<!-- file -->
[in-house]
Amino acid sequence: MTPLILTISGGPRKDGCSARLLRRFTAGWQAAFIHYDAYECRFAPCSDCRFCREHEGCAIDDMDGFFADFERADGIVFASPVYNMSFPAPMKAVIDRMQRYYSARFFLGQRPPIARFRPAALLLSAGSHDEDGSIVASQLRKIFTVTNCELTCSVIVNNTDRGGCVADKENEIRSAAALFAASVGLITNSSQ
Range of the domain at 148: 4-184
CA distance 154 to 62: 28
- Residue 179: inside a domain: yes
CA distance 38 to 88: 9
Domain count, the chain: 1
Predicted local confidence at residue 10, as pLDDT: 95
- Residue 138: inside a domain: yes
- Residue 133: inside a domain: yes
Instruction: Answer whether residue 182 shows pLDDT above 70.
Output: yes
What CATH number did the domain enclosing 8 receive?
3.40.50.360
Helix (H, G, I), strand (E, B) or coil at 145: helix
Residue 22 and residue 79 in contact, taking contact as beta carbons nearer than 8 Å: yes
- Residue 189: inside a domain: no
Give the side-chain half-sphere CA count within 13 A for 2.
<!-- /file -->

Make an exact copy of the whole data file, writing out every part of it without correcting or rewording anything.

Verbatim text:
[in-house]
Amino acid sequence: MTPLILTISGGPRKDGCSARLLRRFTAGWQAAFIHYDAYECRFAPCSDCRFCREHEGCAIDDMDGFFADFERADGIVFASPVYNMSFPAPMKAVIDRMQRYYSARFFLGQRPPIARFRPAALLLSAGSHDEDGSIVASQLRKIFTVTNCELTCSVIVNNTDRGGCVADKENEIRSAAALFAASVGLITNSSQ
Range of the domain at 148: 4-184
CA distance 154 to 62: 28
- Residue 179: inside a domain: yes
CA distance 38 to 88: 9
Domain count, the chain: 1
Predicted local confidence at residue 10, as pLDDT: 95
- Residue 138: inside a domain: yes
- Residue 133: inside a domain: yes
Instruction: Answer whether residue 182 shows pLDDT above 70.
Output: yes
What CATH number did the domain enclosing 8 receive?
3.40.50.360
Helix (H, G, I), strand (E, B) or coil at 145: helix
Residue 22 and residue 79 in contact, taking contact as beta carbons nearer than 8 Å: yes
- Residue 189: inside a domain: no
Give the side-chain half-sphere CA count within 13 A for 2.